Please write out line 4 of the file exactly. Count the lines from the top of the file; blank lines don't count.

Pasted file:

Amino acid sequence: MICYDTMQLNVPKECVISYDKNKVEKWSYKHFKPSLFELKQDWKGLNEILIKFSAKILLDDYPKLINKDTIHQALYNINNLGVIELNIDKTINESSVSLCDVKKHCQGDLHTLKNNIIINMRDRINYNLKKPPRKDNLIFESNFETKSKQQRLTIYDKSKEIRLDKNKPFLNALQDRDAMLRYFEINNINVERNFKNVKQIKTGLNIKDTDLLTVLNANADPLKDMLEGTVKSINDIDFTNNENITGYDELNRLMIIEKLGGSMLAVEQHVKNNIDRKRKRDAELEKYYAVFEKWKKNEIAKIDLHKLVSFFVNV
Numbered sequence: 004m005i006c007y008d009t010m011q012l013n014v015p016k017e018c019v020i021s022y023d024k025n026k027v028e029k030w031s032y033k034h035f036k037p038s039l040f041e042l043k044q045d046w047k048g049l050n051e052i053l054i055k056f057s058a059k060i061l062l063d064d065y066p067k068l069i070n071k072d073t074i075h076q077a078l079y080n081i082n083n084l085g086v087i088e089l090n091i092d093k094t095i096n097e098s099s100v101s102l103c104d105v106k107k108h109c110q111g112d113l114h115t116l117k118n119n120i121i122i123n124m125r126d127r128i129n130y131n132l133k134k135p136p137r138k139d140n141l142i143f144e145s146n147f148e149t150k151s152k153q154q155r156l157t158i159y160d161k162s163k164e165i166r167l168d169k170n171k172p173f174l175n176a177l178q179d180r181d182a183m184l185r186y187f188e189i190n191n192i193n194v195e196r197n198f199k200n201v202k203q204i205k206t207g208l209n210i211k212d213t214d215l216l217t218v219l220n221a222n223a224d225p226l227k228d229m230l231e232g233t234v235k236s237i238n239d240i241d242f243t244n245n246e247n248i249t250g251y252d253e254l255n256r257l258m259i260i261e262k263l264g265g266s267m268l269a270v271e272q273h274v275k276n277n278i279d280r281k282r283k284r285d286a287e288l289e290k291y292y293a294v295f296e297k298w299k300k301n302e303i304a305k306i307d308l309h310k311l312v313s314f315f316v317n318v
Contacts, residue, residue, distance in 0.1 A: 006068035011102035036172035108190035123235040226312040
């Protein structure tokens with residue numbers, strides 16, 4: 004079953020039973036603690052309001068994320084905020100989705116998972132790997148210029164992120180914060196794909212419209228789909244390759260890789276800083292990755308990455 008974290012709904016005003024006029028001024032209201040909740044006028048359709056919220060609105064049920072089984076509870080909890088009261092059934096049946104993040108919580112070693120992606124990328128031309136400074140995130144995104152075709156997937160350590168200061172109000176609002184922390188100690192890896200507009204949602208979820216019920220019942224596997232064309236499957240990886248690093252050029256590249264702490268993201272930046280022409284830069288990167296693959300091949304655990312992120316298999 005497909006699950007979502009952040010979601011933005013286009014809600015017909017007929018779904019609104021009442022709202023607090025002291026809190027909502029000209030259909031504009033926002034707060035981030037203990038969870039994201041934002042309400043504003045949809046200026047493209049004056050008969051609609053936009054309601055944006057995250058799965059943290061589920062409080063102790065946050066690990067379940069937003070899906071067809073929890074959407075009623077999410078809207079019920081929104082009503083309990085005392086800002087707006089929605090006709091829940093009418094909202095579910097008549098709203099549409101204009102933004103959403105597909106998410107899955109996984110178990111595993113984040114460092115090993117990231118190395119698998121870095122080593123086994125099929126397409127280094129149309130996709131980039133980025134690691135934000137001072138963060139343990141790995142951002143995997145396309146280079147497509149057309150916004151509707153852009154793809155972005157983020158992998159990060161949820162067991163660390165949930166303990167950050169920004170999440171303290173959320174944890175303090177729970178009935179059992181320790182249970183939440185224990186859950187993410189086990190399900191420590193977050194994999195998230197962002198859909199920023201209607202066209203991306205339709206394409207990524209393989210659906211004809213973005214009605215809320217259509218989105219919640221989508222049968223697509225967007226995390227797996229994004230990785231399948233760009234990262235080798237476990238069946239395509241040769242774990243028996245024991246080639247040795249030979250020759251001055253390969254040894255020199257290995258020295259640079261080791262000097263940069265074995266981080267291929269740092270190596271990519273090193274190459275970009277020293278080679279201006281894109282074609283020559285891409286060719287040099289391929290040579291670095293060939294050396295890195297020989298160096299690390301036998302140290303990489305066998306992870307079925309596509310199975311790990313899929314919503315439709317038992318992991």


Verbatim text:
């Protein structure tokens with residue numbers, strides 16, 4: 004079953020039973036603690052309001068994320084905020100989705116998972132790997148210029164992120180914060196794909212419209228789909244390759260890789276800083292990755308990455 008974290012709904016005003024006029028001024032209201040909740044006028048359709056919220060609105064049920072089984076509870080909890088009261092059934096049946104993040108919580112070693120992606124990328128031309136400074140995130144995104152075709156997937160350590168200061172109000176609002184922390188100690192890896200507009204949602208979820216019920220019942224596997232064309236499957240990886248690093252050029256590249264702490268993201272930046280022409284830069288990167296693959300091949304655990312992120316298999 005497909006699950007979502009952040010979601011933005013286009014809600015017909017007929018779904019609104021009442022709202023607090025002291026809190027909502029000209030259909031504009033926002034707060035981030037203990038969870039994201041934002042309400043504003045949809046200026047493209049004056050008969051609609053936009054309601055944006057995250058799965059943290061589920062409080063102790065946050066690990067379940069937003070899906071067809073929890074959407075009623077999410078809207079019920081929104082009503083309990085005392086800002087707006089929605090006709091829940093009418094909202095579910097008549098709203099549409101204009102933004103959403105597909106998410107899955109996984110178990111595993113984040114460092115090993117990231118190395119698998121870095122080593123086994125099929126397409127280094129149309130996709131980039133980025134690691135934000137001072138963060139343990141790995142951002143995997145396309146280079147497509149057309150916004151509707153852009154793809155972005157983020158992998159990060161949820162067991163660390165949930166303990167950050169920004170999440171303290173959320174944890175303090177729970178009935179059992181320790182249970183939440185224990186859950187993410189086990190399900191420590193977050194994999195998230197962002198859909199920023201209607202066209203991306205339709206394409207990524209393989210659906211004809213973005214009605215809320217259509218989105219919640221989508222049968223697509225967007226995390227797996229994004230990785231399948233760009234990262235080798237476990238069946239395509241040769242774990243028996245024991246080639247040795249030979250020759251001055253390969254040894255020199257290995258020295259640079261080791262000097263940069265074995266981080267291929269740092270190596271990519273090193274190459275970009277020293278080679279201006281894109282074609283020559285891409286060719287040099289391929290040579291670095293060939294050396295890195297020989298160096299690390301036998302140290303990489305066998306992870307079925309596509310199975311790990313899929314919503315439709317038992318992991």